Why Facebook is Not Enough
Facebook is a marvelous invention, isn't it? You can make new friends and connect with old ones, share thoughts and pictures, join groups, plan events, or promote a cause. You can even find someone who will give you the Gift of Life!
Facebook is indeed a valuable tool in the search for a living kidney donor. There are, however, a number of shortcomings of which most donor-seekers are unaware. For those who rely solely on Facebook to find a living donor, these shortcomings can make the difference between a successful search and one that yields nothing.
In the past two years, there has been an explosion of media reports about CKD patients finding living donors on Facebook. A recent Google search limited to the key words “finds kidney Facebook” brought up 40 such media reports. While far more than 40 reports circulate the Internet, this sample is indicative of the media's ever-growing attention to FB and living donation.
As is evident from the figures below, reports rose dramatically in 2011, nearly doubled in 2012, and are mushrooming thus far in 2013. If last year is any reflection of the future, we can expect 2013 to turn out over four times the number of reports published in 2012.
2013: 11 (Jan. - Mar.)
While these figures might lead one to believe that more and more people are finding donors via Facebook each year, a closer look tells a different story: Many of these reports are about the same recipient-donor couple. For example, eight of the eleven 2013 reports were about E.B. and K.W.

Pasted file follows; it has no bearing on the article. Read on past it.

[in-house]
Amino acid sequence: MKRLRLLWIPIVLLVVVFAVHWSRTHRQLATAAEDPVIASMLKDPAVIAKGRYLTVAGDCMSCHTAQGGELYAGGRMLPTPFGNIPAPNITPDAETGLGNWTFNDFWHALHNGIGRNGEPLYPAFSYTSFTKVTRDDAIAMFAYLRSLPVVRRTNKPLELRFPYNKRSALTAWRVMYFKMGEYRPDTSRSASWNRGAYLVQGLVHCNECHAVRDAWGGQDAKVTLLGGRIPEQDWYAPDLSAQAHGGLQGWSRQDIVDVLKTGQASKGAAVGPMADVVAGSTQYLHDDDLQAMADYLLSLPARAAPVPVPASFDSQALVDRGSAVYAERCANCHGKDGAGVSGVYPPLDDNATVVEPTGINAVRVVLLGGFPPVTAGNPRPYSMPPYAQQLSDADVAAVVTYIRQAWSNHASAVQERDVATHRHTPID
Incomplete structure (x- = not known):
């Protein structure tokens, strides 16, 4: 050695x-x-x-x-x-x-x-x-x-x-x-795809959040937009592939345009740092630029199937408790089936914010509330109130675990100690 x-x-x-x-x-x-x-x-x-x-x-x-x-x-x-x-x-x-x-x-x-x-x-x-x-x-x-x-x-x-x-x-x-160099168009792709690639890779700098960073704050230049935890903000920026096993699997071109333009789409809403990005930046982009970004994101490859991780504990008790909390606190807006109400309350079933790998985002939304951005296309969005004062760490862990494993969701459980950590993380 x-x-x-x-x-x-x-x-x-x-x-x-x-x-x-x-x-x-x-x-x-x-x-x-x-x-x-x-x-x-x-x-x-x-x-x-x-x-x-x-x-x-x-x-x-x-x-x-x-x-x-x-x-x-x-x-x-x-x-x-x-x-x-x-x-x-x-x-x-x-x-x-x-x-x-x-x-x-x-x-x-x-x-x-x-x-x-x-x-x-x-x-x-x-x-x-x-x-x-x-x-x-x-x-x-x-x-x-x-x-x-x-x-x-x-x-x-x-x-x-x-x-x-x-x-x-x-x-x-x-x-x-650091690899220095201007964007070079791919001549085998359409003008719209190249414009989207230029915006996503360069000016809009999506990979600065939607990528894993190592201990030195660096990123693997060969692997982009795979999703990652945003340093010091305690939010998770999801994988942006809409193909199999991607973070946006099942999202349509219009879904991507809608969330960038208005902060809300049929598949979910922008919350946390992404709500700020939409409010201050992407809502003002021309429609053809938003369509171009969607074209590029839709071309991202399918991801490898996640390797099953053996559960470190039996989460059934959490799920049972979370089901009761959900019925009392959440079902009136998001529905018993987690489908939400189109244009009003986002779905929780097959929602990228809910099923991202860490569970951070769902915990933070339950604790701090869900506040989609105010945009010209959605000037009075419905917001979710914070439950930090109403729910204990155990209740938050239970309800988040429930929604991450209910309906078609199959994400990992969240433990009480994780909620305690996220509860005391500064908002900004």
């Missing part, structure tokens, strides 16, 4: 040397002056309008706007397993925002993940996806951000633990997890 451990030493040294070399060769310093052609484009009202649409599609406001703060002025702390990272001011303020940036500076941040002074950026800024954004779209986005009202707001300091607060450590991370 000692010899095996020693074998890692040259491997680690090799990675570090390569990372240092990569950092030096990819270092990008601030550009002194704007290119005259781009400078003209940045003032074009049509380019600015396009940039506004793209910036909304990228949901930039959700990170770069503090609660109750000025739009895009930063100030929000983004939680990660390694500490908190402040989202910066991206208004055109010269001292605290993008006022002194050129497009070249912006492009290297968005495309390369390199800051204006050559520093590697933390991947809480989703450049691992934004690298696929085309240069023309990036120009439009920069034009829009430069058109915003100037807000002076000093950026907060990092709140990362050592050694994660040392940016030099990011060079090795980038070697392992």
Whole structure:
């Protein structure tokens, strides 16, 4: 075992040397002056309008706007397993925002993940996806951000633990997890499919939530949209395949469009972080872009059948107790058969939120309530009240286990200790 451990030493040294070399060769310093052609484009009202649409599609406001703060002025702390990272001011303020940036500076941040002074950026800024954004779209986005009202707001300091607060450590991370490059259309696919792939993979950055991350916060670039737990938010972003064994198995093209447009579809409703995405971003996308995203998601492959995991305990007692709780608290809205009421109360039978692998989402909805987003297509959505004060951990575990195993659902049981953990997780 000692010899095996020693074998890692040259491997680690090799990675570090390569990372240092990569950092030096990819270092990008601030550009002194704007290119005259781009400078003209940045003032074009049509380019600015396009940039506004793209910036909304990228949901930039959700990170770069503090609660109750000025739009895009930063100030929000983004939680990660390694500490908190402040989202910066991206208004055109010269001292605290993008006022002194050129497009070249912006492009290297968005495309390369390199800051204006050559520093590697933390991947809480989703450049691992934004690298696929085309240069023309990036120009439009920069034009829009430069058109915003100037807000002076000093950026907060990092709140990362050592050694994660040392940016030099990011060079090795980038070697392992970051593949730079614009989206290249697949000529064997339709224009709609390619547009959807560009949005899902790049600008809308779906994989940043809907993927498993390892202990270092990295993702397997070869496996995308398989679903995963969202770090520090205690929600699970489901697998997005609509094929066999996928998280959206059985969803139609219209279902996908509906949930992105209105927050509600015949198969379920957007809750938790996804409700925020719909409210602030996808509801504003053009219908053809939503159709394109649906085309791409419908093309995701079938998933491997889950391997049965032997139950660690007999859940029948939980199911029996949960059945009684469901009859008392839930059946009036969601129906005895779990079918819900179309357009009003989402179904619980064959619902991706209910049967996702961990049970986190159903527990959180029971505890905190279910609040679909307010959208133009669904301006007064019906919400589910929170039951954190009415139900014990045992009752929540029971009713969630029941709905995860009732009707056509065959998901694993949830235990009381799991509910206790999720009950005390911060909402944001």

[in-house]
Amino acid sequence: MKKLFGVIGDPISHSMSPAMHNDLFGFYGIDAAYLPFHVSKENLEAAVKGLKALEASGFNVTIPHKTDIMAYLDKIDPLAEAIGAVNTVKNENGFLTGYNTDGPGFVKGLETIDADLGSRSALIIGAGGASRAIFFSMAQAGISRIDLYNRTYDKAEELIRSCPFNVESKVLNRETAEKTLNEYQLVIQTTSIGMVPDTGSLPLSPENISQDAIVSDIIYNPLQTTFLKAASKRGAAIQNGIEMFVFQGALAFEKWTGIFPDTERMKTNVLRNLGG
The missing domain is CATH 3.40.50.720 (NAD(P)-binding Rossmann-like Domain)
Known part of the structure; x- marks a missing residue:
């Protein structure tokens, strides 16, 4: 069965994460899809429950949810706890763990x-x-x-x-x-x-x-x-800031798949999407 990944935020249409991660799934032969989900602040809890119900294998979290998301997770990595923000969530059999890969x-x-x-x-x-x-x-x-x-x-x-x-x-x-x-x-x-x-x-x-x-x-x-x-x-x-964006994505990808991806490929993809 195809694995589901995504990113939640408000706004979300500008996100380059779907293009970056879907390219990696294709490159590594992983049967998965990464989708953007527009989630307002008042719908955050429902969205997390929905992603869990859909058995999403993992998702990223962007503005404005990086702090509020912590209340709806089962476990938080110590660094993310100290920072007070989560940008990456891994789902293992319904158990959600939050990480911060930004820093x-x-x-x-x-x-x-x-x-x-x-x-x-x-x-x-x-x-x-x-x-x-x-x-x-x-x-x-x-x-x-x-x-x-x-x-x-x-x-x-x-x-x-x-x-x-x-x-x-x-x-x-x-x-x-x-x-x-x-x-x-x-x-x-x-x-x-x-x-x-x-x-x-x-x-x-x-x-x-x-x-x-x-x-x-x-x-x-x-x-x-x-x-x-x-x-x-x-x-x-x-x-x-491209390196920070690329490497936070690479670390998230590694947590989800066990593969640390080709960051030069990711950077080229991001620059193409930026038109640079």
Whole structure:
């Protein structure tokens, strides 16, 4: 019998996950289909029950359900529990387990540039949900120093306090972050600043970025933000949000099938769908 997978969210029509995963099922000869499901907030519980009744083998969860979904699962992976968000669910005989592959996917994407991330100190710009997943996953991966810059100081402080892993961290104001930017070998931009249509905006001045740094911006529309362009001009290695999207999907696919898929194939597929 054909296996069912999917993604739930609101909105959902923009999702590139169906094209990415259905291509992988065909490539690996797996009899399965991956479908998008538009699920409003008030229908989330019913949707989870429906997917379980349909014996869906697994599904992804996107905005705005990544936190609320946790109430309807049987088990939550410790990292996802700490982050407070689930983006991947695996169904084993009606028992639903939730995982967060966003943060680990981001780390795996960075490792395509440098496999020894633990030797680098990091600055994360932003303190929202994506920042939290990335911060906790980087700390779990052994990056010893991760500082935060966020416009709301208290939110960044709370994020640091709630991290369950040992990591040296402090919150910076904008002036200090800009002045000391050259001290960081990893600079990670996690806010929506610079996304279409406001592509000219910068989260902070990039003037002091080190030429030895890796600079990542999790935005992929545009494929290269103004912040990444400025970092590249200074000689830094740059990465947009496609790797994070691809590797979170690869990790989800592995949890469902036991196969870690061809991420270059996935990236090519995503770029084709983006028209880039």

A further search using E.B.'s name and the word "kidney” as key words yielded 570 stories . . . all written during the first three months of 2013 . . . before the transplant had even taken place! Hundreds more are sure to sprout following a successful surgery. Searches for recipient names plus “kidney” from previous years also yielded exponential results. It appears that the number of successful Facebook searches is not increasing so much as the number or reports about successful searches, including hundreds of duplicates.
Not that this proliferation is a bad thing . . . every report about living donation raises public awareness and--we hope--encourages more individuals to consider becoming donors themselves.
The downside, however, is that this acceleration of media reports brings with it a corresponding acceleration in the number of would-be recipients turning to Facebook . . . upwards of 600, as of March, 2013. That’s a lot of searchers!
A 2012 study by Loyola University1 sheds further light on the matter: While Loyola found that volunteers stepped up in 30% of the cases studied on Facebook, only 12% actually resulted in transplants. Presuming that Loyola’s findings hold true, that means that of the 600+ patients currently seeking donors on Facebook, only about 72 are likely to find donors.
How can this be? Facebook has roughly a billion users! And yet only twelve of every hundred searches results in a transplant?
Facebook data may partially explain this disappointing statistic. Of those billion Facebook users, 81% reside outside the U.S. and Canada . . . the very place where readers of this article must find potential donors. That cuts out a sizable chunk of the Facebook population. Half of all Americans aren’t even on Facebook.
Is this to say that Facebook has no value as a search tool? No, absolutely not. What it does say is that when it comes to searching for a living donor, Facebook’s greatest strength is also its greatest weakness: